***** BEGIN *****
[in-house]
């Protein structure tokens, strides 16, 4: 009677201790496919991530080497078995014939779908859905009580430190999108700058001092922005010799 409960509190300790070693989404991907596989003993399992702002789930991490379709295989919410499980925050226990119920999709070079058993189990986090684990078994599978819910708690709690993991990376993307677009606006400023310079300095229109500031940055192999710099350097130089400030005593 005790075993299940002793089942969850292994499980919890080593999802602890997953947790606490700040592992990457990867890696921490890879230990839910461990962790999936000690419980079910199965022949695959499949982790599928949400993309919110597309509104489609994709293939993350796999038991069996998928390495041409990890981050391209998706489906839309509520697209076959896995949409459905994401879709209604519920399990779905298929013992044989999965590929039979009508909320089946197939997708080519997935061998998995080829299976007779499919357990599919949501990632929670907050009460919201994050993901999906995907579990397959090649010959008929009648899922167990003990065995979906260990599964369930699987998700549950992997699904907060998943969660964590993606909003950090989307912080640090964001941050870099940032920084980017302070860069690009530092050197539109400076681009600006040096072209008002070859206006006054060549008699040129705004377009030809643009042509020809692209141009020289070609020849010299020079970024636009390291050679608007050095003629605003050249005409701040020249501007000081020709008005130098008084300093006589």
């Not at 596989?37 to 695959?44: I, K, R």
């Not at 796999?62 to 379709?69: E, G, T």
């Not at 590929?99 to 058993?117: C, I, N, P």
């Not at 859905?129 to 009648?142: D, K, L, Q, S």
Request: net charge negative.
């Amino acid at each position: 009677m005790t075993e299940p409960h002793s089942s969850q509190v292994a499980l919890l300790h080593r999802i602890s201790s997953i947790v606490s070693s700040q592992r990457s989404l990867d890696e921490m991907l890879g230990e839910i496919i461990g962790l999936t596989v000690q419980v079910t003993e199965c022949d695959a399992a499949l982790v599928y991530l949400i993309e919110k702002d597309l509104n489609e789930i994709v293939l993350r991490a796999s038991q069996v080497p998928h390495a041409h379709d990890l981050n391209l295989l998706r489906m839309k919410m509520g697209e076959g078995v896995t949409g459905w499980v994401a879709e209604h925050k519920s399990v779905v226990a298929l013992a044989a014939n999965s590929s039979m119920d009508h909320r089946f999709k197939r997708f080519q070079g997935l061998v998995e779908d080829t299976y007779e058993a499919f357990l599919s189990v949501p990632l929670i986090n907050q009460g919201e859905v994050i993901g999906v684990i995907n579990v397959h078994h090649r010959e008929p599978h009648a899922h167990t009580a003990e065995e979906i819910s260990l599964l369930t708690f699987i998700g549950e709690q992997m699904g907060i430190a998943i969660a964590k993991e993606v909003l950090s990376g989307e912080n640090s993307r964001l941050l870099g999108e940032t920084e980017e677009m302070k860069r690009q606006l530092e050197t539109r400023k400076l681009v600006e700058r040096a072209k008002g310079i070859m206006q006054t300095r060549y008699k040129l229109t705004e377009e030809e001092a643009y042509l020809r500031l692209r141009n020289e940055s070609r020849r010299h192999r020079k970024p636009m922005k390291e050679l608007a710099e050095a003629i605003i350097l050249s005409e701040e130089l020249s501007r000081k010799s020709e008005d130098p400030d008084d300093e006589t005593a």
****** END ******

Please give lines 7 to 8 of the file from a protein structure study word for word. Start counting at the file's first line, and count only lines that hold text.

Request: net charge negative.
């Amino acid at each position: 009677m005790t075993e299940p409960h002793s089942s969850q509190v292994a499980l919890l300790h080593r999802i602890s201790s997953i947790v606490s070693s700040q592992r990457s989404l990867d890696e921490m991907l890879g230990e839910i496919i461990g962790l999936t596989v000690q419980v079910t003993e199965c022949d695959a399992a499949l982790v599928y991530l949400i993309e919110k702002d597309l509104n489609e789930i994709v293939l993350r991490a796999s038991q069996v080497p998928h390495a041409h379709d990890l981050n391209l295989l998706r489906m839309k919410m509520g697209e076959g078995v896995t949409g459905w499980v994401a879709e209604h925050k519920s399990v779905v226990a298929l013992a044989a014939n999965s590929s039979m119920d009508h909320r089946f999709k197939r997708f080519q070079g997935l061998v998995e779908d080829t299976y007779e058993a499919f357990l599919s189990v949501p990632l929670i986090n907050q009460g919201e859905v994050i993901g999906v684990i995907n579990v397959h078994h090649r010959e008929p599978h009648a899922h167990t009580a003990e065995e979906i819910s260990l599964l369930t708690f699987i998700g549950e709690q992997m699904g907060i430190a998943i969660a964590k993991e993606v909003l950090s990376g989307e912080n640090s993307r964001l941050l870099g999108e940032t920084e980017e677009m302070k860069r690009q606006l530092e050197t539109r400023k400076l681009v600006e700058r040096a072209k008002g310079i070859m206006q006054t300095r060549y008699k040129l229109t705004e377009e030809e001092a643009y042509l020809r500031l692209r141009n020289e940055s070609r020849r010299h192999r020079k970024p636009m922005k390291e050679l608007a710099e050095a003629i605003i350097l050249s005409e701040e130089l020249s501007r000081k010799s020709e008005d130098p400030d008084d300093e006589t005593a």